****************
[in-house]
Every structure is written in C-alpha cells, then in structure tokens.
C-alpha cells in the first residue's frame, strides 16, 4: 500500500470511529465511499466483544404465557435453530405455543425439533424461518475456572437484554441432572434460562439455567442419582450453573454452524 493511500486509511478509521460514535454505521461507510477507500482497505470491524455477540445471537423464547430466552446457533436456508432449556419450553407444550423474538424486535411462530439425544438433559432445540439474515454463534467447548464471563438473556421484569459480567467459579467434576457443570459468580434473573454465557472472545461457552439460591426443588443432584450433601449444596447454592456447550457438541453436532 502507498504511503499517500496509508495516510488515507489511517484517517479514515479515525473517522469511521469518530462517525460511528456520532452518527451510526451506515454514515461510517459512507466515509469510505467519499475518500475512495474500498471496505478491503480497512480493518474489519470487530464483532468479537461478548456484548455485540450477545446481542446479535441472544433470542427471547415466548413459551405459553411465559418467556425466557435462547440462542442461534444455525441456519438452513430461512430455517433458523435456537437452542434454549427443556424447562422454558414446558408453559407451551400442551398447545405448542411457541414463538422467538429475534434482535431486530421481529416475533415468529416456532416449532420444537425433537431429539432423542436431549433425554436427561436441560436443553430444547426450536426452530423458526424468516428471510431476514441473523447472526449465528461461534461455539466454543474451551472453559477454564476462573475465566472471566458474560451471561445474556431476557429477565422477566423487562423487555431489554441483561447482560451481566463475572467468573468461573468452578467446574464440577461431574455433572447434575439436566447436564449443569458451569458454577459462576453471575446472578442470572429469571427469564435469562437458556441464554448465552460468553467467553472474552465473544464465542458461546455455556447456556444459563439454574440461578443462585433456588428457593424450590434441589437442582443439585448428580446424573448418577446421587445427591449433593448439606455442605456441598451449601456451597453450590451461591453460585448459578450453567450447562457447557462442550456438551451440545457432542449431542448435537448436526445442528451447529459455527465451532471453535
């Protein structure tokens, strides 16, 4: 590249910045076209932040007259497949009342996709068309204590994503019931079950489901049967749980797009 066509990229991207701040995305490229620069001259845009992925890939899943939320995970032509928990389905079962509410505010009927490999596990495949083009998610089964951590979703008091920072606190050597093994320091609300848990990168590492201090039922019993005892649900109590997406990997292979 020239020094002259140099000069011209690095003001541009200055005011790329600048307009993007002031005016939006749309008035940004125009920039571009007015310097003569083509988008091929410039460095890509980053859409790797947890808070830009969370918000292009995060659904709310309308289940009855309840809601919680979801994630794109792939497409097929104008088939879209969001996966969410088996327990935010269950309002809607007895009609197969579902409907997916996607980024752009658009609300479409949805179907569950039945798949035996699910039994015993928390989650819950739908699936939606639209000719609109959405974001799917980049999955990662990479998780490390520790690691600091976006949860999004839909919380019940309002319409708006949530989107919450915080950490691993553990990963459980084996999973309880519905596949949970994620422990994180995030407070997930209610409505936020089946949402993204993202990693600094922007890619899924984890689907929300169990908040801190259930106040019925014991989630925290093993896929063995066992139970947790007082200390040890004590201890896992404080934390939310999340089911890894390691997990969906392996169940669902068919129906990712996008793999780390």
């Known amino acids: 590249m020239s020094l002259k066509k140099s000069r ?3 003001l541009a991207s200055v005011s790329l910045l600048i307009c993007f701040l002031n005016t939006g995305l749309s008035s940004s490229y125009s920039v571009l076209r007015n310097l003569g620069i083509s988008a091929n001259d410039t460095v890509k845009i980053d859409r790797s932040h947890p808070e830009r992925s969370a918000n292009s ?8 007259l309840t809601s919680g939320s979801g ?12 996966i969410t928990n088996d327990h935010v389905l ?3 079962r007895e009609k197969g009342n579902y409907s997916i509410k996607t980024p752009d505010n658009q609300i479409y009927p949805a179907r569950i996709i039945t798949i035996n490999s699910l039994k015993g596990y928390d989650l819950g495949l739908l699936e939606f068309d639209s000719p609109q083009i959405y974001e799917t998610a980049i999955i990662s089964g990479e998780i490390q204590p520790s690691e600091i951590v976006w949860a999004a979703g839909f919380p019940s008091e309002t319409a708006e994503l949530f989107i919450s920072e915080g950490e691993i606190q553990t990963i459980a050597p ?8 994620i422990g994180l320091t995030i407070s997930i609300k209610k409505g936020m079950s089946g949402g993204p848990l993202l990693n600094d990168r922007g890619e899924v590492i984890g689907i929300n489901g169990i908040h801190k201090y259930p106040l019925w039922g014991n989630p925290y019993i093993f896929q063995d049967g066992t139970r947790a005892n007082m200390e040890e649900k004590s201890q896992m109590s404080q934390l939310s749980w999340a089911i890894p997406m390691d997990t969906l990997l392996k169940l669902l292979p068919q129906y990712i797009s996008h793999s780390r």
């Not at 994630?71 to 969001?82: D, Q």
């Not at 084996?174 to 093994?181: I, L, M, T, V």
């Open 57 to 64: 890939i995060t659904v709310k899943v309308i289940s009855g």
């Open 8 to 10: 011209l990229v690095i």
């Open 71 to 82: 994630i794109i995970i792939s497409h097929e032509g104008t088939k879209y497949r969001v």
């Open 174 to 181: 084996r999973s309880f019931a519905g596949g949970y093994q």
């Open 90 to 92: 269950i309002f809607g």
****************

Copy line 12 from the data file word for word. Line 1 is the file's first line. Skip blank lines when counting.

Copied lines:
């Open 90 to 92: 269950i309002f809607g």